The MG TA Midget appeared in the spring of 1936 as a replacement for the MG PB. It featured many components borrowed from Morris. Channel sections replaced the tubular cross-members making the vehicles ride more comfortable. The suspension was provided by leaf springs and beam-axle in the front and rear. The brakes were hydraulically operated drums, a first for MG. The body shell was assembled around the MG traditional way of using a wooden frame. All this added up to a total weight of 1,765 pounds.
A 1292 cc, overhead-valve, pushrod, four-cylinder engine was placed in the front and powered the rear wheels. Outfitted with dual horizontal SU carburetors, the engine produced 50 horsepower. The four-speed manual gearbox was synchromesh, another first for MG.
When first introduced, the two-seater vehicle could be purchased in open and closed configuration. Later, the open coupe, referred to as an Airline Coupe, was replaced with a Drophead style. The Drophead used a soft-top that could open and close depending on the driver and the weather conditions.
In 1939 World War II was beginning. MG was introducing its latest vehicle, the TB Midget. It was basically the same as the TA, but was equipped with a larger, 1250cc, engine. The four-cylinder over-head valve, XPAG power plant was borrowed from the new Morris 10. It produced 45 horsepower and was much more reliable than its predecessor. When the war began, production ceased. MG shifted its focus to creating equipment for military purposes.
At the end of the War, MG introduced the TC Midget. This was essentially a TB with very few modifications. The chassis was modified with rubber bush shackles in place of the sliding trunnion spring mountings. The transmission was the single-plate dry clutch and four-speed synchromesh unit. The engine was the XPAG 1250 cc pushrod engine. It was essential a TB offered in one body style, an open two-seater.
Even though the TC was a rebirth of an old model and used outdated mechanical equipments but modern interior, the TC Midget was very successful. During its four year production run, lasting from 1945 through 1949, more than 10,000 TC's were created.
In 1949, the TC was replaced by the TD Midget. It visually appeared like the previous Midgets, but was very different in mechanical ways. With a new chassis, it was sturdier and provided a comfortable ride. An independent suspension with double wishbones and coil springs were placed in the front. The vehicle was left-hand drive. The engine and transmission were identical to the TC. To comply with newly developed safety concerns and regulations, bumpers were placed on the front and in the rear.
A Mark II version used a more powerful version of the XPAG engine. With larger carburetors and higher compression ratio, the vehicle produced 57 horsepower. The suspension was modified and the interior received bucket seats.
During its four-year production run, the TD experienced even more success than its predecessor. Just like the TC, many of the TD Midgets were exported to the United States.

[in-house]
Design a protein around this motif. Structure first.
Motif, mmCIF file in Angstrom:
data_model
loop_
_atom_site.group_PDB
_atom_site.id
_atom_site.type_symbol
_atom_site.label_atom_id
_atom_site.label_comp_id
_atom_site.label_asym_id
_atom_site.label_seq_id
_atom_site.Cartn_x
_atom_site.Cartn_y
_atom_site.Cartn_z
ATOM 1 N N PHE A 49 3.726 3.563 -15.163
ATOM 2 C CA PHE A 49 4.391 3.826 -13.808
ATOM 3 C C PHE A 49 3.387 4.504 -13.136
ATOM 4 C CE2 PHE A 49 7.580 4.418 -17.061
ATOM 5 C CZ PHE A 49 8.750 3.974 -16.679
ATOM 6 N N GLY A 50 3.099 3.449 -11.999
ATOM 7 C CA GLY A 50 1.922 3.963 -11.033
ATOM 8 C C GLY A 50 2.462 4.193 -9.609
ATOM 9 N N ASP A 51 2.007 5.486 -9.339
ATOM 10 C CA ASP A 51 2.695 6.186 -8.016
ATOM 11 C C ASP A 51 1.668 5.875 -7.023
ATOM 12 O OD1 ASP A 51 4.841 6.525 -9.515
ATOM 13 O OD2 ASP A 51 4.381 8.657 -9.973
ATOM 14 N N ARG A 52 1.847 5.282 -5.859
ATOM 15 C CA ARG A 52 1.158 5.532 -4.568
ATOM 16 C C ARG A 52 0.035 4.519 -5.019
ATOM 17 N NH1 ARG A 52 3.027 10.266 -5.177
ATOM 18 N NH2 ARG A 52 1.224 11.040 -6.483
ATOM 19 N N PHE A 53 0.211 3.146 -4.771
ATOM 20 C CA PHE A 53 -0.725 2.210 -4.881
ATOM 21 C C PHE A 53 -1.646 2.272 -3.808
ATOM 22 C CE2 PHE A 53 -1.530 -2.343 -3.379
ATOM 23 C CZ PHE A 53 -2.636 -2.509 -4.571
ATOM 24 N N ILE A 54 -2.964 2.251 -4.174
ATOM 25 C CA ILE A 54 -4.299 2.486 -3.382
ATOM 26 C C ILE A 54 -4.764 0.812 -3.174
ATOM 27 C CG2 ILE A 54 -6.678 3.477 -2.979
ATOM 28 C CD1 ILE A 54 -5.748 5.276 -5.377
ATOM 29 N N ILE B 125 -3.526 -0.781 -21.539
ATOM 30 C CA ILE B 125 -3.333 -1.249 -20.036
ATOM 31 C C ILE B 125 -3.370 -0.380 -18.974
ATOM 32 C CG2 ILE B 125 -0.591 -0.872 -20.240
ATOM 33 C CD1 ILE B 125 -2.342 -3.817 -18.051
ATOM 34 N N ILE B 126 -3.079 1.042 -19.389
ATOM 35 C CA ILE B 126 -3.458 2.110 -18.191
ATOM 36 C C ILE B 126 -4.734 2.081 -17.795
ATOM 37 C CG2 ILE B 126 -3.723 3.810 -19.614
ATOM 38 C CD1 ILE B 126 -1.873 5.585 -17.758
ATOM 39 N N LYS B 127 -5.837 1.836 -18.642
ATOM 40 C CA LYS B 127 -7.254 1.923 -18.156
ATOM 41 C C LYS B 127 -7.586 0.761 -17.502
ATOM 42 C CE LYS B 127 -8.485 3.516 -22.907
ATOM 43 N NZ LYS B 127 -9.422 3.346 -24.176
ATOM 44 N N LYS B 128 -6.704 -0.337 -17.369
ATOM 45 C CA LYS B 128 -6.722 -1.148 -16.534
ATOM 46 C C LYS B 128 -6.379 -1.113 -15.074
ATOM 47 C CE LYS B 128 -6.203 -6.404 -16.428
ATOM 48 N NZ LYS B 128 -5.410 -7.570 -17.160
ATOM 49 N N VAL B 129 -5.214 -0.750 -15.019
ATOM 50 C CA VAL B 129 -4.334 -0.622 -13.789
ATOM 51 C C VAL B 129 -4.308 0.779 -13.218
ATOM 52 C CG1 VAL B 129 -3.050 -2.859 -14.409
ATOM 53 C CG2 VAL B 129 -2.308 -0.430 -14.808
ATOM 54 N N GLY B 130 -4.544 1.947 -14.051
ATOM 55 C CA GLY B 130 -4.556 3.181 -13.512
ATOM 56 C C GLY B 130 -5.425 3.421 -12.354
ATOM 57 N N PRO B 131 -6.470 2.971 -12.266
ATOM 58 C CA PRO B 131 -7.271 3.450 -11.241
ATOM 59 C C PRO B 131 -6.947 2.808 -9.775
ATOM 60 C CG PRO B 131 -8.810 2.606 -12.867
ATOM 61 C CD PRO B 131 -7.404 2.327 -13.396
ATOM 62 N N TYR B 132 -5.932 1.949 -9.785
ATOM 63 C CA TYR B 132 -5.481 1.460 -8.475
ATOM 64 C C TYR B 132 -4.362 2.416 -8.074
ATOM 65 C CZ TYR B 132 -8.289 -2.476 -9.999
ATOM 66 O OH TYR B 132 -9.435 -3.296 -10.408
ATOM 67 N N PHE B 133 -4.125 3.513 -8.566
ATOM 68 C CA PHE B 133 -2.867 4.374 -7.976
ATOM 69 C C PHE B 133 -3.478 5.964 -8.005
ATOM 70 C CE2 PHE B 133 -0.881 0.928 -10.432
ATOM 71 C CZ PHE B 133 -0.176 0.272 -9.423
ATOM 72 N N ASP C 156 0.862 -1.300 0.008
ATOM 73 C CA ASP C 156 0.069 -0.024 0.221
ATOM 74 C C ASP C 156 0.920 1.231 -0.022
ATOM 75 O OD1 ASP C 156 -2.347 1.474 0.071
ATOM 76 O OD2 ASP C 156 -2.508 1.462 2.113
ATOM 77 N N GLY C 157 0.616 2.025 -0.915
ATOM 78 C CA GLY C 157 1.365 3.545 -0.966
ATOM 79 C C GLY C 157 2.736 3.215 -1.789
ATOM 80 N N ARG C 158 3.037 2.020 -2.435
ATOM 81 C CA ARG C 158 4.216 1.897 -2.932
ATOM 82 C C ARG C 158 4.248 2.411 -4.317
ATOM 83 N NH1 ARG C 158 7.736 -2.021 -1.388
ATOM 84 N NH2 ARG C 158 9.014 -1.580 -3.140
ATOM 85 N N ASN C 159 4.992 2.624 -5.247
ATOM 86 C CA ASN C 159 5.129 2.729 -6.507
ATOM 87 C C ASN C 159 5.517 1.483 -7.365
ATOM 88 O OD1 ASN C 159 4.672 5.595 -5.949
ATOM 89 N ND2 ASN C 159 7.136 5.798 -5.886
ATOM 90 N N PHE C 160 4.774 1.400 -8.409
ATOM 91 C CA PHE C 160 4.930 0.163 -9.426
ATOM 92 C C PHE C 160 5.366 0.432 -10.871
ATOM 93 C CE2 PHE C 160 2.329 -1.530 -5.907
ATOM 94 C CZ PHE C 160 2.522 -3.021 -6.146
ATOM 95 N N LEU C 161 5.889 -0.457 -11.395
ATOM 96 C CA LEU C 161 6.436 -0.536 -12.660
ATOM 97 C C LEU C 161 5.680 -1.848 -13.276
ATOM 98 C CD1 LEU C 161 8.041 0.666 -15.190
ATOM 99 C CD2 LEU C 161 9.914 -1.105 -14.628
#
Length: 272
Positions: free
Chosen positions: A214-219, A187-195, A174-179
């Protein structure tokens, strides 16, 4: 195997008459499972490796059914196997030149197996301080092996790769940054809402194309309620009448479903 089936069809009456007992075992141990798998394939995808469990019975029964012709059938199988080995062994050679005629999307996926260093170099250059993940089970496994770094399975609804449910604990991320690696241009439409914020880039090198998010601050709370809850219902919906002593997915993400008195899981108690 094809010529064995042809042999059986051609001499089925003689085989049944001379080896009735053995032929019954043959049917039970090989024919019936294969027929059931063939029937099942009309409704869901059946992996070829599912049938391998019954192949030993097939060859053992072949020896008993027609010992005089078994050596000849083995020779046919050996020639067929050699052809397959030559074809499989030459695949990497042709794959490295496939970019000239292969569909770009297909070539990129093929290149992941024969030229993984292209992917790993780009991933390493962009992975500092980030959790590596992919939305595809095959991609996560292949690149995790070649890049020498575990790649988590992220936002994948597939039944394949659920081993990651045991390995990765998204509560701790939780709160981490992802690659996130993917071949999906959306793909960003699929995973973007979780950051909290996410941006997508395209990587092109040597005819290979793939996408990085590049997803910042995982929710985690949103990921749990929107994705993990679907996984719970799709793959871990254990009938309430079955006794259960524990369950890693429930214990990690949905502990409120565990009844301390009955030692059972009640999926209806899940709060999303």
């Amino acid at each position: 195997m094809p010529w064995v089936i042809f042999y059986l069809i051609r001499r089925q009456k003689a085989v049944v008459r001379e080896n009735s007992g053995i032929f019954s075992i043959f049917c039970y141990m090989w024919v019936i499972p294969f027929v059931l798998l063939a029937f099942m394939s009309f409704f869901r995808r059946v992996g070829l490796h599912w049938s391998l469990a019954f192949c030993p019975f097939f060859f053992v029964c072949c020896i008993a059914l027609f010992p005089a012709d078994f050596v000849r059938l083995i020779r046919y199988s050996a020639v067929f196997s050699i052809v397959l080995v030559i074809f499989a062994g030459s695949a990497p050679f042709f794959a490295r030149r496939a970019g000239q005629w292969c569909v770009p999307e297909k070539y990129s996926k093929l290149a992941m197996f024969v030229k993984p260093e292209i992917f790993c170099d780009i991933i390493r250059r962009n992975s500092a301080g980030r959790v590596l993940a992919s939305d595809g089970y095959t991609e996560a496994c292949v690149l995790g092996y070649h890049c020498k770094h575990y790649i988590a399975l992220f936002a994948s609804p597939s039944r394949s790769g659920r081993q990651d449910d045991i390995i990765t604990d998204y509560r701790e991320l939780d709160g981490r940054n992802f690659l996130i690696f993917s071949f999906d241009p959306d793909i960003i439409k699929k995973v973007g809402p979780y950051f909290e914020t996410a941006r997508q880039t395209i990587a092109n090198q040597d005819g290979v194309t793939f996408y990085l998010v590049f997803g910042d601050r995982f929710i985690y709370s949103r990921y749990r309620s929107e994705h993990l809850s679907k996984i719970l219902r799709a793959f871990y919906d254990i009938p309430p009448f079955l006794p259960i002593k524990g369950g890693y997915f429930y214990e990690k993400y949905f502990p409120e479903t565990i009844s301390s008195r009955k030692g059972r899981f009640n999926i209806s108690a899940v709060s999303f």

In 1953, the TD was updated and dubbed the TF. It was given a 1466 cc engine. Production continued through 1955 when it was replaced by the MGA.
Prior to World War I, the future of the company was unknown. Thanks to the success of the TA, the road was paved for MG to continue their prosperous status after the War. The models that followed brought modifications both visually and mechanically. The T-Series, lasting from 1936 through 1955, was a simple and reliable two-seater sports car that was fun to drive. By Daniel Vaughan | Aug 2005
The 1946 MG TC had a 4-cylinder 1250 cc. engine. It had a ladder frame, solid axle, leaf springs and right-hand drive. The original price was $2,100. There were 1675 cars produced in 1946.
This 1946 MG TC is chassis number 0469 and is an early example of the TC Model. It is number 218 made out of a total production run of 10,000. It has been restored to its date of manufacture, February 14th of 1946, condition and retaining all early features. It has won an AACA First Junior at Hershey Fall Meet in 2006. It won First Senior Award Hershey in 2007 and was nominated for a National Award Hershey in 2007.
It was restored by Tom Metcalf and staff at Safety Fast Restoration in Mansfield, Ohio. It has a 1250cc engine, four-speed on the floor gearbox, two carburetors, fly-off handbrake, an a beautiful body design.
In the mid-1930's the MG factory produced racing MG's along-side street cars including the 1934 Q-Type and the 1935 R-Type. They featured boat tailed coachwork, a lack of opening doors, bucket seats, Brooklands windscreen (in lieu of windshields) leather bonnet straps, cycle fenders and external exhausts.
This is a one-of-a-kind MG model since it was designed and built by the current owner's family. The MG factory 'insomnia crew' built factory race cars during the 1930's, working at all hours in a special area of the factory. This special bodied MG is a recreation in the style of the mid-1930's MG factory produced race cars. The build started with a few pieces that remained from the previous owner's restoration of another MG TC. It was designed and built as an 'S-Type' over a period of five years. All work was performed by the family with the exception of final color paint work.
In 1934 they built 8 MG Q-Types and in 1935 this crew built 10 R-Types, which was a full bore, single seat race car. To fill in and carry on this alphabetic series, the builders of this vehicle constructed it on a 1946 chassis (early car number 0885) to represent what an 'insomnia crew' could do following WWII with the MG TC.
This project was on the bucket list of the 80+ year old builder. Over the 5 year build period, many skills were employed by this pharmacist to bring back this basket case, formally a parts car from another MG TC restorer, to its present state.
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